This excerpt taken from the PBI 8-K filed Jul 30, 2009.
Revised 2009 Guidance
The company is adjusting the guidance it provided on May 5, 2009. The company has not seen indications that economic and business conditions in mail-intensive industries will improve this year and has also seen further declines in some key geographies. Sales cycles for most capital purchase decisions by customers remain long. The changing guidance reflects these factors, including the impact of the sustained economic downturn on high-margin financing, rental, and supplies revenue streams. While the company has been successful in reducing its cost structure across its entire business and is shifting to a more variable cost structure, these actions have not been enough to offset the impact of lower revenue.
Given the persistent decline in business activity and the lack of tangible signs of sustained near-term improvement in the economy, the company now expects 2009 revenue to decline in the range of 4 percent to 7 percent on a constant currency basis. On a reported basis, the company expects revenue to decline in the range of 7 percent to 10 percent, which includes an estimated negative 3 percent impact from currency when compared with 2008. The company expects adjusted earnings per diluted share from continuing operations for the year will be in the range of $2.15 to $2.35. This range includes the expected negative impact of $0.23 to $0.28 per diluted share from currency and incremental pension expense. Adjusted earnings per diluted share from continuing operations excludes an annual estimated 6 cents per diluted share non-cash tax charge associated with out-of-the-money stock options that was recorded in the first half of 2009. On a GAAP basis, the company expects earnings per diluted share from continuing operations for the year will be in the range of $2.09 to $2.29.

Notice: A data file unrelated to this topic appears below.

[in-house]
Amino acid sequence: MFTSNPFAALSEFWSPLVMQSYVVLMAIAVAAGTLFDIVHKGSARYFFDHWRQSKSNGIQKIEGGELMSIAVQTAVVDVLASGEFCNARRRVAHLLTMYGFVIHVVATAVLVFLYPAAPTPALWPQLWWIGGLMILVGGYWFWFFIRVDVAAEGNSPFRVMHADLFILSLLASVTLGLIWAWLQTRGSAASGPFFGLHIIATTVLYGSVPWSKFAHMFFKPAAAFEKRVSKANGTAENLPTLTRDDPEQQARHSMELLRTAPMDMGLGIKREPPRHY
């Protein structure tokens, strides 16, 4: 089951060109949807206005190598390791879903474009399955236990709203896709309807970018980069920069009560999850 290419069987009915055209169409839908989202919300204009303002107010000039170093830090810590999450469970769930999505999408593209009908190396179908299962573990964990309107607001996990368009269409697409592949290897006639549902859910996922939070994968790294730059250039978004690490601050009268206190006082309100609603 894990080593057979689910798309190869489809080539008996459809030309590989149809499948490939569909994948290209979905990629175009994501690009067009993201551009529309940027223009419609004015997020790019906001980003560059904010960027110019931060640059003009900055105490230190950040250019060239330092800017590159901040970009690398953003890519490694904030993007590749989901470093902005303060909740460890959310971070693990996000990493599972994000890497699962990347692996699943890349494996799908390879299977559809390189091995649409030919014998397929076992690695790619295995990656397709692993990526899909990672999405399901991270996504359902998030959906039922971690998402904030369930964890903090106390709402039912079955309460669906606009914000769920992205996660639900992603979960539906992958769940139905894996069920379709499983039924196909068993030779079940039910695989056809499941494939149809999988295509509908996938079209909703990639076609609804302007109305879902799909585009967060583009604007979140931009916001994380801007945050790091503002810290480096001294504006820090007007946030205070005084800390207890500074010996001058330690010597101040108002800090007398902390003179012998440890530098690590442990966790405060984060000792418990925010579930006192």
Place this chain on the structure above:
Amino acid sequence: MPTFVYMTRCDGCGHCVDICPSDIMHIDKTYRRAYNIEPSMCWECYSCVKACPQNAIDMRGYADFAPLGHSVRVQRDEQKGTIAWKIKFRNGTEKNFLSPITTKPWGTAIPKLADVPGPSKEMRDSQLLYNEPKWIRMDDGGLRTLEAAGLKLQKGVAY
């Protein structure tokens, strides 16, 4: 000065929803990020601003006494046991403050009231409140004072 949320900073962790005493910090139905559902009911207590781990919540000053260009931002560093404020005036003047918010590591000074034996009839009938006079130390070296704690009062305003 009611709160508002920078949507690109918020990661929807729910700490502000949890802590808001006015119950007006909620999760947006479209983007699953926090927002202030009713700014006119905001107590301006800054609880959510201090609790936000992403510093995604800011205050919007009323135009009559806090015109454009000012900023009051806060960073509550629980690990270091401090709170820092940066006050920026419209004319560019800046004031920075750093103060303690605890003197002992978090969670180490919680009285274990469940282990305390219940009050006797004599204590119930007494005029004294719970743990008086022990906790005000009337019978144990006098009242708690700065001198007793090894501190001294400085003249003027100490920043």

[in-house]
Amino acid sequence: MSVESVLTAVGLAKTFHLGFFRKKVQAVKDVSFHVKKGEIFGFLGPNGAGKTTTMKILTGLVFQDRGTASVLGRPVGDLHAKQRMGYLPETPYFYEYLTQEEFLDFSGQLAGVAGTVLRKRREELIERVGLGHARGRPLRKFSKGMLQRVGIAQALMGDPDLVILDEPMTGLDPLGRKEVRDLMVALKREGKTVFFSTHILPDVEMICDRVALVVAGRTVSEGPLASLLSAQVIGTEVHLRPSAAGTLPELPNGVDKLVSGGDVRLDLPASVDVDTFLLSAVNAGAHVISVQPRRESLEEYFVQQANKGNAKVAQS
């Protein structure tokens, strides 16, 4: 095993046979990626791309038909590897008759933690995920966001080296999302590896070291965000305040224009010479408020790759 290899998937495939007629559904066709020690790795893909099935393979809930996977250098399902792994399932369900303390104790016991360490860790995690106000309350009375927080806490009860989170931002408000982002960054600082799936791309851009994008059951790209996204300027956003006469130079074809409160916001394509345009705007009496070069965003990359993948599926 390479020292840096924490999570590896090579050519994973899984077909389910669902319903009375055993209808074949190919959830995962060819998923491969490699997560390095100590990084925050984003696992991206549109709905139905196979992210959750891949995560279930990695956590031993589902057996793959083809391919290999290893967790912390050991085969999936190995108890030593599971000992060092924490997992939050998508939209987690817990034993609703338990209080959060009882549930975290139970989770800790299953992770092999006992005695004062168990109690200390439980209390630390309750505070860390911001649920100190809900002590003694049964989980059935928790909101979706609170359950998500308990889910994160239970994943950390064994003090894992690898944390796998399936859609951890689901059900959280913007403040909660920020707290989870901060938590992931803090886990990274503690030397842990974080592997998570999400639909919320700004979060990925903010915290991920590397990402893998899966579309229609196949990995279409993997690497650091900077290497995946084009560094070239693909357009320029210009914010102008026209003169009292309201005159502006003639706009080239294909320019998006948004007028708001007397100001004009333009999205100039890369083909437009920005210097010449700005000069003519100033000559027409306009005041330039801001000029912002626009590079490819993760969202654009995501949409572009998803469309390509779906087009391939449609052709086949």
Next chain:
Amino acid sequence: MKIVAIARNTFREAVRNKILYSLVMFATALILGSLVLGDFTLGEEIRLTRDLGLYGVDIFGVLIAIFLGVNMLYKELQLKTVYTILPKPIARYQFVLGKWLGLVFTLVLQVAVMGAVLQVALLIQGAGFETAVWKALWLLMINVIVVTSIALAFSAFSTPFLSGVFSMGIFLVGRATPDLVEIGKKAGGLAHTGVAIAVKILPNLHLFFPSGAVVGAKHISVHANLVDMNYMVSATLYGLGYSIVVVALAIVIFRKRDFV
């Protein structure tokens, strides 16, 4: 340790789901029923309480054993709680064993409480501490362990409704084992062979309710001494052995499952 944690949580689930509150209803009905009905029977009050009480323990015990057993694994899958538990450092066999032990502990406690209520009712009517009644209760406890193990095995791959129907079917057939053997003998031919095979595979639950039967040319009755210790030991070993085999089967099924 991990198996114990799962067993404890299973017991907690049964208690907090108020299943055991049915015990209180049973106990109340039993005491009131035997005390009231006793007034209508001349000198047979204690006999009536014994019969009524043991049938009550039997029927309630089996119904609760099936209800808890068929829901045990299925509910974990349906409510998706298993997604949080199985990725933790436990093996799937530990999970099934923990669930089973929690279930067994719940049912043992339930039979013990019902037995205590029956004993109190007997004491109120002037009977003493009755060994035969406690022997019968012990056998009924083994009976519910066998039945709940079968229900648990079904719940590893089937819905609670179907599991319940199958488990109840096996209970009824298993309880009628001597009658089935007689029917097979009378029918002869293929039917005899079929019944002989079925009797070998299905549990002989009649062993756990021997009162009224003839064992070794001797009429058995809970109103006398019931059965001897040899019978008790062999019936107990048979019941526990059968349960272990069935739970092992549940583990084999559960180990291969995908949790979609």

The company is reaffirming its free cash flow guidance in the range of $700 million to $800 million for the year, based on its strong cash flow performance year-to-date.
The 2009 earnings guidance is summarized in the table below: